"It was bucketing rain and sleeting, as cold and wet as could be, before we got to the base of the Gavia," Hampsten told the Bradley Wiggins Podcast.
The team kept me drowned in hot sweet tea from the car and I had three layers or rain gear and warm clothes, so I took all of those off, booties off… everything off except for a very thin long-sleeved under shirt, a wool jersey, but no hat. And I kept the diving gloves.
Hampsten put in a series of accelerations at the start of the climb to drop Chioccioli in the slush and whittle down the pack before throwing down the hammer around 14km from the summit. He could see his rivals further back down the mountain on the switchbacks but stopped near the summit to put on a jacket, allowing Dutchman Erik Breukink of the powerhouse Panasonic team back into the fold.
I thought I was in pretty good shape and when I put my wool hat – my neck warmer – on with 4km to go I dried my hair with my hand and a snowball formed on my head which I wasn't aware about and it rolled down my back. So I thought, I think I'm going well but I'm already colder so I've got to watch out not to lose my wits on the descent.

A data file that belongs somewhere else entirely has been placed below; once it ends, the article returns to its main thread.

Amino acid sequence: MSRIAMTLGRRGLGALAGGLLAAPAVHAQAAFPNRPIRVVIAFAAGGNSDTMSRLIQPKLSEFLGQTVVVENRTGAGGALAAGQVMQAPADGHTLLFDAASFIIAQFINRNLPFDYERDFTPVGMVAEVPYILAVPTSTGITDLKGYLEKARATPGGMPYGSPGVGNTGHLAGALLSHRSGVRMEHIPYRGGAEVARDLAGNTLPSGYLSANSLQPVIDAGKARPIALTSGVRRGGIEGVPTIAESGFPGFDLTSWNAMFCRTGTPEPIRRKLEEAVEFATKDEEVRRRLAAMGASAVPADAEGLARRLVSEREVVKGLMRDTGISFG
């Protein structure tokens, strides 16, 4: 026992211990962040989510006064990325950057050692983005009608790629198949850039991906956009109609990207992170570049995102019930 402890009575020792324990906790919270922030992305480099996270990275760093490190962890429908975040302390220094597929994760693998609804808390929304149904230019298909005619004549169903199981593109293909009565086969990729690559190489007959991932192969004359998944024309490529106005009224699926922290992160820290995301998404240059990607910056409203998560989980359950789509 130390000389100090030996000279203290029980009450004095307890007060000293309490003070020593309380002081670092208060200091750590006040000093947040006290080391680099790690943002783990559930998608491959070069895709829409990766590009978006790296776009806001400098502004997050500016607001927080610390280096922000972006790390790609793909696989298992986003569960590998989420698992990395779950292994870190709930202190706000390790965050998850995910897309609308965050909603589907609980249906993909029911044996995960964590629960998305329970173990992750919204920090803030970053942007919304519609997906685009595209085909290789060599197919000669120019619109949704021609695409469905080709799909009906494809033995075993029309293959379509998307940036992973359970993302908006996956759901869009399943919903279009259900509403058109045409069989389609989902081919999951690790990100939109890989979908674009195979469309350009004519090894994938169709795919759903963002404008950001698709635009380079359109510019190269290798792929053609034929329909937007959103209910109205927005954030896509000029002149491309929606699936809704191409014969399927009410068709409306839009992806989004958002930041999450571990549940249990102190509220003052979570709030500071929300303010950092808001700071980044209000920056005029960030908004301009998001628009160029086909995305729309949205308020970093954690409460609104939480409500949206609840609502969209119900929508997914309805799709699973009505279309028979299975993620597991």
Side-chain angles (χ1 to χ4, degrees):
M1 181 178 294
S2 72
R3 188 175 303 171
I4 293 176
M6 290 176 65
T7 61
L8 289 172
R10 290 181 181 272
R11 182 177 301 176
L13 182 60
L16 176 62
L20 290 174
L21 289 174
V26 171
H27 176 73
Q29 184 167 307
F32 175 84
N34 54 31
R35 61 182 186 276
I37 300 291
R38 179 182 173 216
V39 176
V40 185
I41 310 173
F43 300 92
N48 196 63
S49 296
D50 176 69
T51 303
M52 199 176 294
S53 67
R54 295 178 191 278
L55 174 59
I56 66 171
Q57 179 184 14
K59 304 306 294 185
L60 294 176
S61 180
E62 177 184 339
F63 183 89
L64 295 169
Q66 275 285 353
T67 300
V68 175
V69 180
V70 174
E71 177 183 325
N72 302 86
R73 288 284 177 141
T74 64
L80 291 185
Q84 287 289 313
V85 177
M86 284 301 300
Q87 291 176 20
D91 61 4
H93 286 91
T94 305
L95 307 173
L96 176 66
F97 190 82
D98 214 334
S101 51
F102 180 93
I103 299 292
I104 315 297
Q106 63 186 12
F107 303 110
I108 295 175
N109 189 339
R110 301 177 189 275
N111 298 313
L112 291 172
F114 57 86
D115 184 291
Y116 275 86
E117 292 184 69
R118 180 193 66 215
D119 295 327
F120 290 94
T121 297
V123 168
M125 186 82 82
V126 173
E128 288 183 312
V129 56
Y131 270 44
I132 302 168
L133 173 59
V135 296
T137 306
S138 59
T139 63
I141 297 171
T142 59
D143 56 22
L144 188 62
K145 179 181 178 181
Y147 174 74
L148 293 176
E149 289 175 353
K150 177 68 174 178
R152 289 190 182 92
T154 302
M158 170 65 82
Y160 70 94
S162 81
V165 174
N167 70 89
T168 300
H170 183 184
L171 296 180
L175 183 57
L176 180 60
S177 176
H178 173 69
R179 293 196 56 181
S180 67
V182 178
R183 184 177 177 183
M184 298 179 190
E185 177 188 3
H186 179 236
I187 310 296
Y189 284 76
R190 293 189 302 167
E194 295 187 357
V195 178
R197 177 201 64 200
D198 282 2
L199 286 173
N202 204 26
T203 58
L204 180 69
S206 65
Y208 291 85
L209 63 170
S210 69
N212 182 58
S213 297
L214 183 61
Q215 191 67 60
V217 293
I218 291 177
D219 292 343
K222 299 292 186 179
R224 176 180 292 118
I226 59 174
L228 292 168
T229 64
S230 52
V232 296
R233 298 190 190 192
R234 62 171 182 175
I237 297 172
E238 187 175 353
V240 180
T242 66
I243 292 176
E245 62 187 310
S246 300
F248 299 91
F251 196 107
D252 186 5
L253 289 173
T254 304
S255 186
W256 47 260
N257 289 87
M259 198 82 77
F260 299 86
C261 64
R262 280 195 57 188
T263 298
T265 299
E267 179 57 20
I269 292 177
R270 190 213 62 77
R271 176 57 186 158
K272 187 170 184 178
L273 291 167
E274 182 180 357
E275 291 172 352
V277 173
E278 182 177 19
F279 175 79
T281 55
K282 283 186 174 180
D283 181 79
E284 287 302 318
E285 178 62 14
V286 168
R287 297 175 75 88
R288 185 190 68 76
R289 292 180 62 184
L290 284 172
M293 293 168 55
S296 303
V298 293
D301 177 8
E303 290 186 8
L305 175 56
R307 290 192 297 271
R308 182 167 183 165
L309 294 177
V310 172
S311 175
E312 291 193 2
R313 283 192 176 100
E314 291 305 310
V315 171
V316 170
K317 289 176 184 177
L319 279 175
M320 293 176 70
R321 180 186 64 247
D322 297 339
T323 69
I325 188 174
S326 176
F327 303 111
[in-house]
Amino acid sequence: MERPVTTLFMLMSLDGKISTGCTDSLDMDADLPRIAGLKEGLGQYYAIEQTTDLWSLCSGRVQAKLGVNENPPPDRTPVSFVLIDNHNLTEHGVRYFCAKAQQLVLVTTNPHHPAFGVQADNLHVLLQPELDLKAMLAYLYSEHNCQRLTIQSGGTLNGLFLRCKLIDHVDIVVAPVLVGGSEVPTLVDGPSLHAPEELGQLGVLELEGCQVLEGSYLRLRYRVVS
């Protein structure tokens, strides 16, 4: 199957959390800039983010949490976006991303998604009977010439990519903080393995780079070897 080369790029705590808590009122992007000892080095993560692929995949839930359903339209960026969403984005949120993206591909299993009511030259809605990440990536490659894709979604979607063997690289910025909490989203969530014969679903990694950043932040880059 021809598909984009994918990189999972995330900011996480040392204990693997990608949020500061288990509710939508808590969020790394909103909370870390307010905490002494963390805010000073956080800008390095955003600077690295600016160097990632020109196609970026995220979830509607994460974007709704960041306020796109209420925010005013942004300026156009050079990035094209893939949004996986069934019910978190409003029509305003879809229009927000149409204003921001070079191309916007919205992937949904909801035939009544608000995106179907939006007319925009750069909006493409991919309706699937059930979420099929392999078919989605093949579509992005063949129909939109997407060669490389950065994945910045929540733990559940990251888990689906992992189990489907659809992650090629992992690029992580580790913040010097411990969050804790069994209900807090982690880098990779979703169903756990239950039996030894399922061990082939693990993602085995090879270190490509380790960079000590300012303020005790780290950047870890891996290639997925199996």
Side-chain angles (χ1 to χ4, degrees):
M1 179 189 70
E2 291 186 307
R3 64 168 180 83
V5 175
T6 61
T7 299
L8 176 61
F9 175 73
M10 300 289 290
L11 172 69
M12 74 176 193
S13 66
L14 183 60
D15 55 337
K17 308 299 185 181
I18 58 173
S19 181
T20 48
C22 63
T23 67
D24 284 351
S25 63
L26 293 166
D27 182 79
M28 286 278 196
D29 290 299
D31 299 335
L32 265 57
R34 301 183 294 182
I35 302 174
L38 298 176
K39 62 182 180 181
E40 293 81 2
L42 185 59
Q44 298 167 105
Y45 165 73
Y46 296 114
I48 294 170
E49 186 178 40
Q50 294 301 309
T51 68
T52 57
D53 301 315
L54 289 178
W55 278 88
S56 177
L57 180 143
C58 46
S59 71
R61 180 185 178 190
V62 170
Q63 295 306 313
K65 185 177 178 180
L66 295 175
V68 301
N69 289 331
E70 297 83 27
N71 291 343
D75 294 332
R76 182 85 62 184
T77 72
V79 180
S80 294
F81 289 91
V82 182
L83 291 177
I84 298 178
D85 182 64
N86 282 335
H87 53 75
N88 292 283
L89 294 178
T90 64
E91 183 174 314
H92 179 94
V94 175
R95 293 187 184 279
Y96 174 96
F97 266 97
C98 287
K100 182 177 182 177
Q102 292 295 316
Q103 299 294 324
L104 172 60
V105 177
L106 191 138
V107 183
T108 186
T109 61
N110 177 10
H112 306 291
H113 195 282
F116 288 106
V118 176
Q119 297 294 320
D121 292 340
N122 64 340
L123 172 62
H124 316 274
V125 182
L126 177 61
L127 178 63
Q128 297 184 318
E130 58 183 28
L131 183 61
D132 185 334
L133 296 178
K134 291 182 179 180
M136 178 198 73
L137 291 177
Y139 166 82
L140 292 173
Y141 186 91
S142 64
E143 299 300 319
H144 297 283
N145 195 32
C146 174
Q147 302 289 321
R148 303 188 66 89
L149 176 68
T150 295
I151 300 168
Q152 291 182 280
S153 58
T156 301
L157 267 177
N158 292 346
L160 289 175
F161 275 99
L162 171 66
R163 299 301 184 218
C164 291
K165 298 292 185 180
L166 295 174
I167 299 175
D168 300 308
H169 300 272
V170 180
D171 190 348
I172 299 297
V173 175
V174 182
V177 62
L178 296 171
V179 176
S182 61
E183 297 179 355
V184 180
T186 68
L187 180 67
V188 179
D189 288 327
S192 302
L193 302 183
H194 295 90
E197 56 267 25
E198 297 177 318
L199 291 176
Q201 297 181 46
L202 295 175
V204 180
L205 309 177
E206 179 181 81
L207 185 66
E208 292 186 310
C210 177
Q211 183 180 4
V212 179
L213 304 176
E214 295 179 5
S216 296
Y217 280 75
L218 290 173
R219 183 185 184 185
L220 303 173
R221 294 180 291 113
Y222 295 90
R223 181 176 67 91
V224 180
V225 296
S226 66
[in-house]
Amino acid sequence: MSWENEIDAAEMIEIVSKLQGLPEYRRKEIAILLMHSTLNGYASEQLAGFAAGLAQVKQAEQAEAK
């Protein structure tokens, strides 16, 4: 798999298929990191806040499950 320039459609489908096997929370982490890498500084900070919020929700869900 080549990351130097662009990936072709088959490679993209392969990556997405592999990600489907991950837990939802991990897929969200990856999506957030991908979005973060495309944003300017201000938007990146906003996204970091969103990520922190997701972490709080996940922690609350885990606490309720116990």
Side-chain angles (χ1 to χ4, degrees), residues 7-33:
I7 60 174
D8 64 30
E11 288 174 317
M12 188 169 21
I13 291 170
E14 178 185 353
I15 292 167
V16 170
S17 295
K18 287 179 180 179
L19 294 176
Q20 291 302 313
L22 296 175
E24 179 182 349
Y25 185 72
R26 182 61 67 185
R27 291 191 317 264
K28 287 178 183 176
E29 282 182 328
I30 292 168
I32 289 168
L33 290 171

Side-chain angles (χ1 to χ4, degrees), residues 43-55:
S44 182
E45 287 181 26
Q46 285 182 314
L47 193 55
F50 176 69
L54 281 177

Talking of which, the man who did reach the top in pole position lost his wits good and proper. Dutchman Johan van der Velde fought through the snowstorm to take the Cima Coppi on the summit ahead of Hampsten and Breukink – but at a cost.
There was two feet of snow at the summit and it was a fight for survival. The race convoy edged forward in a thickening blizzard. But Van der Velde’s reward for getting to the top first was a cup of water, a plastic cape and a cotton cap from his manager, who then told him to get going on the descent.
Already borderline hypothermic, Van der Velde allegedly needed a cup of tea from Hampsten's team car to give him the courage to get going again, but resorted to walking down the steepest stretches of the icy road. He eventually finished three-quarters of an hour behind.

The day the hardmen cried

In their book on The Hardmen of cycling, the Velominati summed up the state of play on the summit best: